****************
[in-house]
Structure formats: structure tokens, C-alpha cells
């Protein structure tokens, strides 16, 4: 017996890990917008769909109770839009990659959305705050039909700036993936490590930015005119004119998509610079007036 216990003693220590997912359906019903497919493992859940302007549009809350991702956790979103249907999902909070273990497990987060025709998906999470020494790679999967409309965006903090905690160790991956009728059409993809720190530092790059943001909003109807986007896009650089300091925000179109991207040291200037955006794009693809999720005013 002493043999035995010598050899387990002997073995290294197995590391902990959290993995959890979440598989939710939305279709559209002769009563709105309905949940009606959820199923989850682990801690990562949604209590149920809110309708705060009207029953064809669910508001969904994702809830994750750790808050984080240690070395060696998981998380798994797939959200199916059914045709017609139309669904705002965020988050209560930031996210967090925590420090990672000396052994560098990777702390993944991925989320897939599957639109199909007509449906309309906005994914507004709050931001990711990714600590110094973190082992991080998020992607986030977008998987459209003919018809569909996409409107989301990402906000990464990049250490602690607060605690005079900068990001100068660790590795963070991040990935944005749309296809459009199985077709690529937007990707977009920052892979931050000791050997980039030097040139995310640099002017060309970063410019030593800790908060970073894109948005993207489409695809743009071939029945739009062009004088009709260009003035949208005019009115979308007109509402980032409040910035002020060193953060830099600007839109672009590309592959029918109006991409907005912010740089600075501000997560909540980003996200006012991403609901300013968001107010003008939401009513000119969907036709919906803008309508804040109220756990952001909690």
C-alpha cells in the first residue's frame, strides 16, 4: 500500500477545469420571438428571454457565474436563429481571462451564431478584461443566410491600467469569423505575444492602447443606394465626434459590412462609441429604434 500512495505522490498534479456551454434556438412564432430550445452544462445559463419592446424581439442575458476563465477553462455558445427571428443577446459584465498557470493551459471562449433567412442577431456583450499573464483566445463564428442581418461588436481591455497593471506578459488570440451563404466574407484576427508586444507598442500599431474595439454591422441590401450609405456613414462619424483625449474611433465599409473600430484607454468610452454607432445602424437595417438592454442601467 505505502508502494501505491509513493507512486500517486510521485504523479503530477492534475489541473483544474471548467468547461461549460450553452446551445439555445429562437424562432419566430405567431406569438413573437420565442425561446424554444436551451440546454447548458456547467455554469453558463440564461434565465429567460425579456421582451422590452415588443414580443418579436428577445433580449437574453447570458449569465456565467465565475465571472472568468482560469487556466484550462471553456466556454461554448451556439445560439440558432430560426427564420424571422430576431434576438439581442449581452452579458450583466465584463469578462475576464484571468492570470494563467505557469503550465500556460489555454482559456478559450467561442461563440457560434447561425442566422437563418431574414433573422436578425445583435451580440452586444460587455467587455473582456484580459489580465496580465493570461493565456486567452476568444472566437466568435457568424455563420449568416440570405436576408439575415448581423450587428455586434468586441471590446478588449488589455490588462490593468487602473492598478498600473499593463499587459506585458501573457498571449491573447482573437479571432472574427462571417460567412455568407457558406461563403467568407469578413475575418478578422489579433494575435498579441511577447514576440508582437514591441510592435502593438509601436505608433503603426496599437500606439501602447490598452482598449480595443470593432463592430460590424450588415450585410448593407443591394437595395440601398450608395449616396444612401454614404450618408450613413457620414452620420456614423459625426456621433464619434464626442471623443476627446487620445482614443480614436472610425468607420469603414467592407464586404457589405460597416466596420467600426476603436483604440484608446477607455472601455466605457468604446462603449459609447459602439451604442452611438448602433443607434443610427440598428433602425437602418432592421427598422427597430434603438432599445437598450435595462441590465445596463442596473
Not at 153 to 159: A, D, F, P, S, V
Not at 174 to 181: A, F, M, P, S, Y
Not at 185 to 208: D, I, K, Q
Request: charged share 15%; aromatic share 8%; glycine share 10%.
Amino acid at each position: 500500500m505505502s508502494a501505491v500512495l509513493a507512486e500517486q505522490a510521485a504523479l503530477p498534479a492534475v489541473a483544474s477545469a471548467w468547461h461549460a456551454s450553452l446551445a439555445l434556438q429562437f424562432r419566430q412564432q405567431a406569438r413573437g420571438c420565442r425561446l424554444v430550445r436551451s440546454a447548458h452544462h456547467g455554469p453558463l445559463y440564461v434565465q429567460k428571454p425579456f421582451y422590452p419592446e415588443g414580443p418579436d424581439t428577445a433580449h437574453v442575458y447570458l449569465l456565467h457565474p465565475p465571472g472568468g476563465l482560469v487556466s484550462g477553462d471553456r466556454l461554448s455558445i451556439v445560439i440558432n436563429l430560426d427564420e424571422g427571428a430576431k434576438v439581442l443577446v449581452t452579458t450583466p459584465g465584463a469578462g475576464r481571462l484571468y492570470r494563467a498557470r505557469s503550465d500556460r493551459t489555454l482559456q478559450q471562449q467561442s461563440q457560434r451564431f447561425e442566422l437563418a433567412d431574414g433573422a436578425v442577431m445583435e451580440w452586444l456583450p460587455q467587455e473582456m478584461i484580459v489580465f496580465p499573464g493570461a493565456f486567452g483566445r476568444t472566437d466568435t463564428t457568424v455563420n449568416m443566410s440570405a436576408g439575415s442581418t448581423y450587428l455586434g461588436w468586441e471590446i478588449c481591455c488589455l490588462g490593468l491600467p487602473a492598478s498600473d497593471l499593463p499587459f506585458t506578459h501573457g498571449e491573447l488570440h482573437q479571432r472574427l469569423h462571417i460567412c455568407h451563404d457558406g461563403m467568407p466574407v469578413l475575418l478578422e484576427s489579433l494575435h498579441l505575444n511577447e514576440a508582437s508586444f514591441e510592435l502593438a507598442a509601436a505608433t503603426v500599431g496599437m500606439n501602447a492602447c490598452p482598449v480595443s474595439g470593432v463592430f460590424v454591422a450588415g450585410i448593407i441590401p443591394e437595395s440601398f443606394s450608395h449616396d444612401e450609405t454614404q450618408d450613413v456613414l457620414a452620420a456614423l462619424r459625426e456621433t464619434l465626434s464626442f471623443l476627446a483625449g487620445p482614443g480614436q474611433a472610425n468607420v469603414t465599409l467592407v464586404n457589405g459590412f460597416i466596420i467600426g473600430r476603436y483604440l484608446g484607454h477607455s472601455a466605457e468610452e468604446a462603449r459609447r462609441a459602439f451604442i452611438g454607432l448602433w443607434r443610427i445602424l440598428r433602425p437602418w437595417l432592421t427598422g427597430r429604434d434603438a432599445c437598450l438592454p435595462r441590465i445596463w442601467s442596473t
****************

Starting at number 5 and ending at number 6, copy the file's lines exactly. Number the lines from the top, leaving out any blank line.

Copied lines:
Not at 153 to 159: A, D, F, P, S, V
Not at 174 to 181: A, F, M, P, S, Y